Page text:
Recently, my fourteen year-old son had to pitch for his high school varsity baseball team against the best team on the schedule. He's just a freshman, and pitching isn't his passion or any of the positions that he practices regularly outside of actual baseball practice. However, with the pitch count and rest rules, every team needs as many pitchers as they can scrounge.
One of the greatest advantages of today’s technology is the power of connection. If we weren’t aware of it before the Covid19 pandemic, we are now. As a teacher in a rural Missouri high school, I always look for ways to expand the world for my students. Our community is small and is very supportive of our students, and while I bring in guest speakers from the community each year and value what they can offer my students, technology allows me to broaden our definition of community.
Students develop a sense of belonging when they feel accepted, respected, included, supported and see themselves as important members of a community. I knew esports has the power to reach those students who normally slip through the extracurricular cracks, so when my good friends, Jeff and Elizabeth Wofford, approached me about starting an esports club and team at school this year, I didn’t hesitate, because I believe that helping students connect and belong at school improves overall school culture.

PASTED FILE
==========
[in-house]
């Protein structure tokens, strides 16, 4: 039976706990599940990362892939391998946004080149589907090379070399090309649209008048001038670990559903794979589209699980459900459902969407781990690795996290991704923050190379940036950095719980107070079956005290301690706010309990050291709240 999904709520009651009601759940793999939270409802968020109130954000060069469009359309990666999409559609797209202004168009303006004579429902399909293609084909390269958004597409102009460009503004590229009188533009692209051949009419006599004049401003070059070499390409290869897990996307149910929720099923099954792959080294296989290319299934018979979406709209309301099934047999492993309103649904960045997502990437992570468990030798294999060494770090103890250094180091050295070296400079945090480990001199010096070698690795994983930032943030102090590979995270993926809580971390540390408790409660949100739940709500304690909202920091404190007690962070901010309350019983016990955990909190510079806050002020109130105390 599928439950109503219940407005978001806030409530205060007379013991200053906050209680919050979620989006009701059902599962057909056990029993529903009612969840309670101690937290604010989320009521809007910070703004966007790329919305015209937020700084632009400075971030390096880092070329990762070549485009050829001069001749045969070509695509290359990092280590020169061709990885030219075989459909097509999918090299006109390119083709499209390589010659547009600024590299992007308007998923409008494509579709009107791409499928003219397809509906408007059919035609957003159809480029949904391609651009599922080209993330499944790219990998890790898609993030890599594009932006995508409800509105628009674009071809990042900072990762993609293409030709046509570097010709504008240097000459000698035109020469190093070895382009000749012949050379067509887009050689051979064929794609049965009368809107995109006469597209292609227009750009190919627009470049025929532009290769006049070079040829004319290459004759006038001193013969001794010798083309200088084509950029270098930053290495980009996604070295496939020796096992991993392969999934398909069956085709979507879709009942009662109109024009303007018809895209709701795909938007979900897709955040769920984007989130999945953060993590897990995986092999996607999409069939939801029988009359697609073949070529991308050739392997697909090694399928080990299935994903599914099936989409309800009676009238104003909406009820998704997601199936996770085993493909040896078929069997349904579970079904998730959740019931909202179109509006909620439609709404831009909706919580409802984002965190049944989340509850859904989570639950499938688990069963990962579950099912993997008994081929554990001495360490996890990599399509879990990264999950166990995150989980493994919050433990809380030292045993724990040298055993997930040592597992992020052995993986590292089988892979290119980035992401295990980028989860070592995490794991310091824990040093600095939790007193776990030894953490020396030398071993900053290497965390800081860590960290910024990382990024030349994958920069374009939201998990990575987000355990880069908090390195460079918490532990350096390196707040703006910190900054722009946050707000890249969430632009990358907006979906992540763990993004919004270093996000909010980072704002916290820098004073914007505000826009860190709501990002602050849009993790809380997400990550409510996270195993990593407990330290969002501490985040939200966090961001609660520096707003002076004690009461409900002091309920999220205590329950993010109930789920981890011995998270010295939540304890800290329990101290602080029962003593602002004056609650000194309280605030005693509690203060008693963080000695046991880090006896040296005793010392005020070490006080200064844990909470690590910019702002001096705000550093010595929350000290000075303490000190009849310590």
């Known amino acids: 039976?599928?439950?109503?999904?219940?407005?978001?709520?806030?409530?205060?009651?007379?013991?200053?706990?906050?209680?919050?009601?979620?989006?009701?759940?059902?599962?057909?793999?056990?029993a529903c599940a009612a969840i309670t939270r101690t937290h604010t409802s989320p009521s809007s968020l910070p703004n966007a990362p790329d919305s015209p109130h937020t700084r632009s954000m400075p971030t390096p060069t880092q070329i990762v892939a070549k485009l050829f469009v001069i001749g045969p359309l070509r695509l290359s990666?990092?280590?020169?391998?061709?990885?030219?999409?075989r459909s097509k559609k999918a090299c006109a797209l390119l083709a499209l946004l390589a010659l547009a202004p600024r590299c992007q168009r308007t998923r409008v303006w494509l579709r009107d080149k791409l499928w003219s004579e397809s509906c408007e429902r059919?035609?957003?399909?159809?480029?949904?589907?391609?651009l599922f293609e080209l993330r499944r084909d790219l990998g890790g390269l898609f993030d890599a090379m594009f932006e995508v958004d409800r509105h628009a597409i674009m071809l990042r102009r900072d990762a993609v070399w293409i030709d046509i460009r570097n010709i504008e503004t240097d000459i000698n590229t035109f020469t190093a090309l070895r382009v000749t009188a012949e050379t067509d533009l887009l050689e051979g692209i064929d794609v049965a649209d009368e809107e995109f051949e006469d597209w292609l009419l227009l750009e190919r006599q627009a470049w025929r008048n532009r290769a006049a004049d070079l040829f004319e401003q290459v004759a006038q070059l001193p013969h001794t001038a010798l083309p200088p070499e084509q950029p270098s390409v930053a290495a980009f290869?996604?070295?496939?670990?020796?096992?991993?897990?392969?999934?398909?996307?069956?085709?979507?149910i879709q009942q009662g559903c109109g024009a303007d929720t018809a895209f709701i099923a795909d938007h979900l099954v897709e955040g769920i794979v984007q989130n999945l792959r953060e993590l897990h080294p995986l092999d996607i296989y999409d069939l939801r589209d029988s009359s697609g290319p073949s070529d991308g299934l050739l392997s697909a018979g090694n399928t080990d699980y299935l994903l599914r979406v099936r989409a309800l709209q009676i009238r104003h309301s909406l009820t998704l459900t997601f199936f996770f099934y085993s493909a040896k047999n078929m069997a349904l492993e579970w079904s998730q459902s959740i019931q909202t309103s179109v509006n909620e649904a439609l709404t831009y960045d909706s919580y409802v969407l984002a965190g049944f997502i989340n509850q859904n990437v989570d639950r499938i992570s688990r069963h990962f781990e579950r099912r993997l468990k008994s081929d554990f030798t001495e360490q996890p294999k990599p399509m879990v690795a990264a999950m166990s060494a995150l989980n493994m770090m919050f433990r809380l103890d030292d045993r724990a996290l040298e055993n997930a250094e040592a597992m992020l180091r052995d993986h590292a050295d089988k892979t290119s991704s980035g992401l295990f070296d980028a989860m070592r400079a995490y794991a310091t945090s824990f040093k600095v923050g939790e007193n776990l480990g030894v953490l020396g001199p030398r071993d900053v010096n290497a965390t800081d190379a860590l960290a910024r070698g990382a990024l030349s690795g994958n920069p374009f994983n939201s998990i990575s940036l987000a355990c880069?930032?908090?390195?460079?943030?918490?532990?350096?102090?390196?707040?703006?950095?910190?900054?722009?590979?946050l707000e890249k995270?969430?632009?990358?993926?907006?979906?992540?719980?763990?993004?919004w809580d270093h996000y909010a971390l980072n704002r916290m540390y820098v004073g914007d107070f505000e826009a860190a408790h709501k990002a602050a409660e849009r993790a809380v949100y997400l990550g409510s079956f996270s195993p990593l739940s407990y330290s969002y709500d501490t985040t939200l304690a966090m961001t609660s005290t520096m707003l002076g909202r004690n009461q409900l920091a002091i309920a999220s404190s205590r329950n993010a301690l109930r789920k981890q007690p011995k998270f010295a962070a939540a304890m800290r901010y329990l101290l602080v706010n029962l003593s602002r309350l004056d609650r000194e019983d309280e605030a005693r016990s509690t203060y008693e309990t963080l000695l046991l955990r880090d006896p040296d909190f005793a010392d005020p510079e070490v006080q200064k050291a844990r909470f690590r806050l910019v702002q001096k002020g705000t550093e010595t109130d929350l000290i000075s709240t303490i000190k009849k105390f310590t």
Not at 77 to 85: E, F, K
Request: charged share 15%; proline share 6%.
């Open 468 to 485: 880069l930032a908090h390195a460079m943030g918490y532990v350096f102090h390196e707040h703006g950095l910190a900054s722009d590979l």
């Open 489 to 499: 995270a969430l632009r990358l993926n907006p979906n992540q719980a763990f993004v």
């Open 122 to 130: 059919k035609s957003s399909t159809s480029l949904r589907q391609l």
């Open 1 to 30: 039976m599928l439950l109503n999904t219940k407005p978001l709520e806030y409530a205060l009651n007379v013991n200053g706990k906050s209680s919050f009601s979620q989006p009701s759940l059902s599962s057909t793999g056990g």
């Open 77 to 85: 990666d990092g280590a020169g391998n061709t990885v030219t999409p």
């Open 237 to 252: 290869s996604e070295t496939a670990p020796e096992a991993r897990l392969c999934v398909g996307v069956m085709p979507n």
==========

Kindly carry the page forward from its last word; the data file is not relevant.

As educators, we know how important family is to student success, and having been remote learning at home for three months, a summer at home feels the same as school — the role of parents as teachers may have even strained the family dynamic a bit. Even if you can’t go on a big vacation, we know students and families need renewal, change, and to just recharge after a tough end to the school year. Now that thoughts of vacation for many of us have bubbled to the surface, we face another challenge.
As our 2020 second semester turned into distance learning during the Covid19 pandemic, many of us found ourselves overturned in the middle of the creek, clinging to a paddle with one arm slung across the canoe to keep our heads above the water. But now that summer is upon us, we have been able to upright our canoe, toss in both paddles, and climb back into it. While the direction we will be taking this fall is still unclear, we can look back at what worked and what didn't during the school closures. There were definitely many things we did not do well, but we did shine in one particular area: connecting guardians and our school remotely.